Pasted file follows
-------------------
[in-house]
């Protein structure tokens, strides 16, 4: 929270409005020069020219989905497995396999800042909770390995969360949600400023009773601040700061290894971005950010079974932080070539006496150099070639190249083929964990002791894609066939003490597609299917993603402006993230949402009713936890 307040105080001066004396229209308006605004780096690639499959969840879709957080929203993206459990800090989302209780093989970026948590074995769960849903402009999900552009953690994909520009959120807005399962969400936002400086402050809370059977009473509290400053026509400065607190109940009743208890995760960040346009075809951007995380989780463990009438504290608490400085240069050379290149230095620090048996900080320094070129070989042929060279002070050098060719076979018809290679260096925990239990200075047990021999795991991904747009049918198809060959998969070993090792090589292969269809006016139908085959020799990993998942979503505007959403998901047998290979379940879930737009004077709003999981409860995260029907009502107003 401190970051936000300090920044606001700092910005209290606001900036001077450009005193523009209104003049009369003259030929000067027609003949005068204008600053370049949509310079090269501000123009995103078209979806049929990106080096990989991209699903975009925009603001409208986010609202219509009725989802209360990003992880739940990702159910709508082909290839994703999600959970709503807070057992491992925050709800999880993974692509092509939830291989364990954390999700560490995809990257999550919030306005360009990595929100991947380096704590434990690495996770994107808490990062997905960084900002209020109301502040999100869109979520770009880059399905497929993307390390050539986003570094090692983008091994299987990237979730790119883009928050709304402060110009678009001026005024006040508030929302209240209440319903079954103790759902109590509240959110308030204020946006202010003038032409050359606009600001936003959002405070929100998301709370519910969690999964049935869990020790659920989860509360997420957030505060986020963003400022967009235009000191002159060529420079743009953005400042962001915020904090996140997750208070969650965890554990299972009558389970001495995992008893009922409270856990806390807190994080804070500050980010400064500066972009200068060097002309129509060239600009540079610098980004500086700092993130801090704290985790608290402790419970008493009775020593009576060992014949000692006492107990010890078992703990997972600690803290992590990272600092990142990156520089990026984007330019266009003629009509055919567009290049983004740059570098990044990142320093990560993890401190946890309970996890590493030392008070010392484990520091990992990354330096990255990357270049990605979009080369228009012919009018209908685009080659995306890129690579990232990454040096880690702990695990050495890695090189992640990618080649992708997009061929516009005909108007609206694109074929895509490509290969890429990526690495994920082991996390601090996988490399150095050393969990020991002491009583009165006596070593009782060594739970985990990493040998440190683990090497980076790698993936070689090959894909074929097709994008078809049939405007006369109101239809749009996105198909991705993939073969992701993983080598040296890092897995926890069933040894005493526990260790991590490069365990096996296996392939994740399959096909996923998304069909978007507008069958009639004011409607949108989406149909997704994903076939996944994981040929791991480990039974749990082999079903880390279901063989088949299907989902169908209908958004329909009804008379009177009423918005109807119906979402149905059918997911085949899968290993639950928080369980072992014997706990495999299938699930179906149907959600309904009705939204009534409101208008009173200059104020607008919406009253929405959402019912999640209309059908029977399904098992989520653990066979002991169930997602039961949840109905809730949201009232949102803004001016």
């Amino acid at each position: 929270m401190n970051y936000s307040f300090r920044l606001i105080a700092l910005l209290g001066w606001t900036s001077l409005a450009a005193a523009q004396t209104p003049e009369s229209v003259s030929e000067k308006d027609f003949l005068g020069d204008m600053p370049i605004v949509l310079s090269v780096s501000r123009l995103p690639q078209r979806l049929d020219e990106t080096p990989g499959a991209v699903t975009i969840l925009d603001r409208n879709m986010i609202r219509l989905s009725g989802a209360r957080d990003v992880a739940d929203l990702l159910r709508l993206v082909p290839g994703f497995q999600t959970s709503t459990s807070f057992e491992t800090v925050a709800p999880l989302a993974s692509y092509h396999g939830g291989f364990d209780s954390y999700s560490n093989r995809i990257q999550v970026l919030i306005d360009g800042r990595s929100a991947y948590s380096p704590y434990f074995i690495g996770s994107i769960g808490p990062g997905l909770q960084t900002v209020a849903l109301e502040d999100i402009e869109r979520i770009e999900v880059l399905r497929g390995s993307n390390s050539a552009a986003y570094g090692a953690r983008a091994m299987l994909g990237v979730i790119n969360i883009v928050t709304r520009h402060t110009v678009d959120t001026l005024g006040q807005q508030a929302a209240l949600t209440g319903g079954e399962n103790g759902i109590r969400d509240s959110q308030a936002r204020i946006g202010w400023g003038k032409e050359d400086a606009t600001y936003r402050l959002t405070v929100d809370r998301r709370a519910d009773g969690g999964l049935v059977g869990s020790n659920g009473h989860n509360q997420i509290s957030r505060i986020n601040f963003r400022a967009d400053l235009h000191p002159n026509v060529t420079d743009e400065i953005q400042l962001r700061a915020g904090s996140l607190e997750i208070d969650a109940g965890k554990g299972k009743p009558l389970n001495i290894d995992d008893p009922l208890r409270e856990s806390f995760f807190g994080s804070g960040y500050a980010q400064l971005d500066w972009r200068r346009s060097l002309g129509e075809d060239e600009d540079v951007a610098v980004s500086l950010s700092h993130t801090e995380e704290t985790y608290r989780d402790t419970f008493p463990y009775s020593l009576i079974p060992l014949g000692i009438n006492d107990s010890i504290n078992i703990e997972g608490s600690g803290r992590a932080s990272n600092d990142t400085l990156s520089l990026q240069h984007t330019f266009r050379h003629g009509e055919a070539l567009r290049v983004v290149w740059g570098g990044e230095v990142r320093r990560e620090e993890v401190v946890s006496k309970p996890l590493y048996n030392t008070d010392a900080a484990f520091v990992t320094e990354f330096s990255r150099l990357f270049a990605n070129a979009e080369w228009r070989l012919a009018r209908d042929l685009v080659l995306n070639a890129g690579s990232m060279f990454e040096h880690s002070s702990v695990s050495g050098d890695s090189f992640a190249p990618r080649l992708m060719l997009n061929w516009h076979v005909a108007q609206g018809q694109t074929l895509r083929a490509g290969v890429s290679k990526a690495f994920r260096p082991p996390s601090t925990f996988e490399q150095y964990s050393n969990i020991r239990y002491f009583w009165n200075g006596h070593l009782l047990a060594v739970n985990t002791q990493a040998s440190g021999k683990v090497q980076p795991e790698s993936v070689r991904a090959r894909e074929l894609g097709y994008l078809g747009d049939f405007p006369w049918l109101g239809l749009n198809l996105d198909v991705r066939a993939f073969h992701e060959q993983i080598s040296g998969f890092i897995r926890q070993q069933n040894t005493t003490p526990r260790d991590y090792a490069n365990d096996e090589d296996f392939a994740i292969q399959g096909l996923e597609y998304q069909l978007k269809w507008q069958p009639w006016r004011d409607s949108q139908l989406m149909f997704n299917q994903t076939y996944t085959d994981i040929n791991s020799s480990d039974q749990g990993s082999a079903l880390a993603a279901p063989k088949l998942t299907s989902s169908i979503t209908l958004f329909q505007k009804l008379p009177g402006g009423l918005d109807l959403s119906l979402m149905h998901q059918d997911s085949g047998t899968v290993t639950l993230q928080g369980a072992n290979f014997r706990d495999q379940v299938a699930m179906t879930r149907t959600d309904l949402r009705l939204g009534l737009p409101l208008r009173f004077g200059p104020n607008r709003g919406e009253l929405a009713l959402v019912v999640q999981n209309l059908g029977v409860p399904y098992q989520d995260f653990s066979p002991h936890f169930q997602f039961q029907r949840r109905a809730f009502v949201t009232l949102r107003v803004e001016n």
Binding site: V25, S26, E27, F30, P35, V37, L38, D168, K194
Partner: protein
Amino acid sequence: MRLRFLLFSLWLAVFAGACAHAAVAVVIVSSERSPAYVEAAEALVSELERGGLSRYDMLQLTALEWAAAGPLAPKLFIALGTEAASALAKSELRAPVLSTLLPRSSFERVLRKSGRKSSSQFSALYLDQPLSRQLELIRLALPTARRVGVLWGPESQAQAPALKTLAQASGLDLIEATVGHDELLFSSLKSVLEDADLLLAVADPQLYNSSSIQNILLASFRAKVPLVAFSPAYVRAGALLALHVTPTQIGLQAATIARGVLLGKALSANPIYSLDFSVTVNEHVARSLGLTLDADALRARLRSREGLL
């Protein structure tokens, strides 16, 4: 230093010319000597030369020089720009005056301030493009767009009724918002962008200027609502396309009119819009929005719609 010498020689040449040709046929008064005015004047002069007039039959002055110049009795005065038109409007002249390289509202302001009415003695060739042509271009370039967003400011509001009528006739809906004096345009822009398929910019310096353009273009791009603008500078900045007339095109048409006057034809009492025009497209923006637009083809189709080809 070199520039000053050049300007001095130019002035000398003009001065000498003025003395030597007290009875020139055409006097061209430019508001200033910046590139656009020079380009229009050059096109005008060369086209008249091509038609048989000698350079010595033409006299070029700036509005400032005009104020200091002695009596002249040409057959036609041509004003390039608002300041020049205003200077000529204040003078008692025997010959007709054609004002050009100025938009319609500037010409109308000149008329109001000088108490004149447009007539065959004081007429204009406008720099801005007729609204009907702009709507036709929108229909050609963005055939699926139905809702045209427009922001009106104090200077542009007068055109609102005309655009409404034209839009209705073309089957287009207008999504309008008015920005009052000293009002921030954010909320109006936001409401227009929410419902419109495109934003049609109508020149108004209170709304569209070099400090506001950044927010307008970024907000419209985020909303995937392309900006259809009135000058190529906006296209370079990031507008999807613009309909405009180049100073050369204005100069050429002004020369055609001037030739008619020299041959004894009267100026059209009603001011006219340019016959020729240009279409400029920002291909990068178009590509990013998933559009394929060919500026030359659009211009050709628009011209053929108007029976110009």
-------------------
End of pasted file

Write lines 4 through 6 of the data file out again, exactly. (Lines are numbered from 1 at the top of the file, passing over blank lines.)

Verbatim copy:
Binding site: V25, S26, E27, F30, P35, V37, L38, D168, K194
Partner: protein
Amino acid sequence: MRLRFLLFSLWLAVFAGACAHAAVAVVIVSSERSPAYVEAAEALVSELERGGLSRYDMLQLTALEWAAAGPLAPKLFIALGTEAASALAKSELRAPVLSTLLPRSSFERVLRKSGRKSSSQFSALYLDQPLSRQLELIRLALPTARRVGVLWGPESQAQAPALKTLAQASGLDLIEATVGHDELLFSSLKSVLEDADLLLAVADPQLYNSSSIQNILLASFRAKVPLVAFSPAYVRAGALLALHVTPTQIGLQAATIARGVLLGKALSANPIYSLDFSVTVNEHVARSLGLTLDADALRARLRSREGLL